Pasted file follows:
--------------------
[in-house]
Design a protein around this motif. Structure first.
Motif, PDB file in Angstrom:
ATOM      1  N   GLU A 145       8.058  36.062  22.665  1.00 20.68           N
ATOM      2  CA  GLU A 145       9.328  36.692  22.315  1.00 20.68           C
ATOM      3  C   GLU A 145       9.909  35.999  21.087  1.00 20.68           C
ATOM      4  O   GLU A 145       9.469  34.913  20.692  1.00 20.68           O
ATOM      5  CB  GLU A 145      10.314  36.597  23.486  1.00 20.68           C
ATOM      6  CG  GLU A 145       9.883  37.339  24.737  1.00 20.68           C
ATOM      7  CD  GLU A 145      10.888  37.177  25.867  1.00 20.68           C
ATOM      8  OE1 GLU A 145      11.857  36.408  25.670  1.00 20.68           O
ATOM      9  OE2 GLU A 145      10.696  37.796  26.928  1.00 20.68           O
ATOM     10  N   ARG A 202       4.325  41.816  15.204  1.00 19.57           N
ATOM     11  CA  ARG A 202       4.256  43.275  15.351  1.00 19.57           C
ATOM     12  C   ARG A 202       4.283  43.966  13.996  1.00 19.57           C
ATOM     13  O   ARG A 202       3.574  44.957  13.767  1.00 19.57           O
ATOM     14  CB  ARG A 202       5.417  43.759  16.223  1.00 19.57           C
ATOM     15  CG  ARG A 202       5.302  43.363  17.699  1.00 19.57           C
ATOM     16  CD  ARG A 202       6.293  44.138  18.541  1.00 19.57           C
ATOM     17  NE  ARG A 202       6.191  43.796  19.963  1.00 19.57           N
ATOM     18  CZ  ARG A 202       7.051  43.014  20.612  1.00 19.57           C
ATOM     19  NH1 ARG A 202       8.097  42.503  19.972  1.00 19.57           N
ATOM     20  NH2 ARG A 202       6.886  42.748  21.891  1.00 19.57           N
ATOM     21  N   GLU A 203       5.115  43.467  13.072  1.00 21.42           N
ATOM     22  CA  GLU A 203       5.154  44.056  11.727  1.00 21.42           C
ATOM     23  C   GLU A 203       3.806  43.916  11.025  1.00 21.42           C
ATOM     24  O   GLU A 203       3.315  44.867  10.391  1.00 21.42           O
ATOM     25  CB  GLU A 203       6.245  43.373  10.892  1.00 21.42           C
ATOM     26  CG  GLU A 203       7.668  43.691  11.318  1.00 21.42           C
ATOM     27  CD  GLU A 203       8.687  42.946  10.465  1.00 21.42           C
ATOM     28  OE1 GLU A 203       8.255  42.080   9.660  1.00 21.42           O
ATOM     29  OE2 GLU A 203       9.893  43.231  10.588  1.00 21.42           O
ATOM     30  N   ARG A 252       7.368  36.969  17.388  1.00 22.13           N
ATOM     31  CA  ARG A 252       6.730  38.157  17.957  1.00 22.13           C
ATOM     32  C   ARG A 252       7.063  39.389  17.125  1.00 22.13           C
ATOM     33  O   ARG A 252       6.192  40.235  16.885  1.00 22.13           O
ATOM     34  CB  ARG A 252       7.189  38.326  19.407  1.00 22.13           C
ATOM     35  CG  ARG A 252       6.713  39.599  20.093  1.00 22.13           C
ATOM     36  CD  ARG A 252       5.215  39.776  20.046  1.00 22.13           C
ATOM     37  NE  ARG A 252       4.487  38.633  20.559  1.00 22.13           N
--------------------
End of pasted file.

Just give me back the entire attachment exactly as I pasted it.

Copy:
[in-house]
Design a protein around this motif. Structure first.
Motif, PDB file in Angstrom:
ATOM      1  N   GLU A 145       8.058  36.062  22.665  1.00 20.68           N
ATOM      2  CA  GLU A 145       9.328  36.692  22.315  1.00 20.68           C
ATOM      3  C   GLU A 145       9.909  35.999  21.087  1.00 20.68           C
ATOM      4  O   GLU A 145       9.469  34.913  20.692  1.00 20.68           O
ATOM      5  CB  GLU A 145      10.314  36.597  23.486  1.00 20.68           C
ATOM      6  CG  GLU A 145       9.883  37.339  24.737  1.00 20.68           C
ATOM      7  CD  GLU A 145      10.888  37.177  25.867  1.00 20.68           C
ATOM      8  OE1 GLU A 145      11.857  36.408  25.670  1.00 20.68           O
ATOM      9  OE2 GLU A 145      10.696  37.796  26.928  1.00 20.68           O
ATOM     10  N   ARG A 202       4.325  41.816  15.204  1.00 19.57           N
ATOM     11  CA  ARG A 202       4.256  43.275  15.351  1.00 19.57           C
ATOM     12  C   ARG A 202       4.283  43.966  13.996  1.00 19.57           C
ATOM     13  O   ARG A 202       3.574  44.957  13.767  1.00 19.57           O
ATOM     14  CB  ARG A 202       5.417  43.759  16.223  1.00 19.57           C
ATOM     15  CG  ARG A 202       5.302  43.363  17.699  1.00 19.57           C
ATOM     16  CD  ARG A 202       6.293  44.138  18.541  1.00 19.57           C
ATOM     17  NE  ARG A 202       6.191  43.796  19.963  1.00 19.57           N
ATOM     18  CZ  ARG A 202       7.051  43.014  20.612  1.00 19.57           C
ATOM     19  NH1 ARG A 202       8.097  42.503  19.972  1.00 19.57           N
ATOM     20  NH2 ARG A 202       6.886  42.748  21.891  1.00 19.57           N
ATOM     21  N   GLU A 203       5.115  43.467  13.072  1.00 21.42           N
ATOM     22  CA  GLU A 203       5.154  44.056  11.727  1.00 21.42           C
ATOM     23  C   GLU A 203       3.806  43.916  11.025  1.00 21.42           C
ATOM     24  O   GLU A 203       3.315  44.867  10.391  1.00 21.42           O
ATOM     25  CB  GLU A 203       6.245  43.373  10.892  1.00 21.42           C
ATOM     26  CG  GLU A 203       7.668  43.691  11.318  1.00 21.42           C
ATOM     27  CD  GLU A 203       8.687  42.946  10.465  1.00 21.42           C
ATOM     28  OE1 GLU A 203       8.255  42.080   9.660  1.00 21.42           O
ATOM     29  OE2 GLU A 203       9.893  43.231  10.588  1.00 21.42           O
ATOM     30  N   ARG A 252       7.368  36.969  17.388  1.00 22.13           N
ATOM     31  CA  ARG A 252       6.730  38.157  17.957  1.00 22.13           C
ATOM     32  C   ARG A 252       7.063  39.389  17.125  1.00 22.13           C
ATOM     33  O   ARG A 252       6.192  40.235  16.885  1.00 22.13           O
ATOM     34  CB  ARG A 252       7.189  38.326  19.407  1.00 22.13           C
ATOM     35  CG  ARG A 252       6.713  39.599  20.093  1.00 22.13           C
ATOM     36  CD  ARG A 252       5.215  39.776  20.046  1.00 22.13           C
ATOM     37  NE  ARG A 252       4.487  38.633  20.559  1.00 22.13           N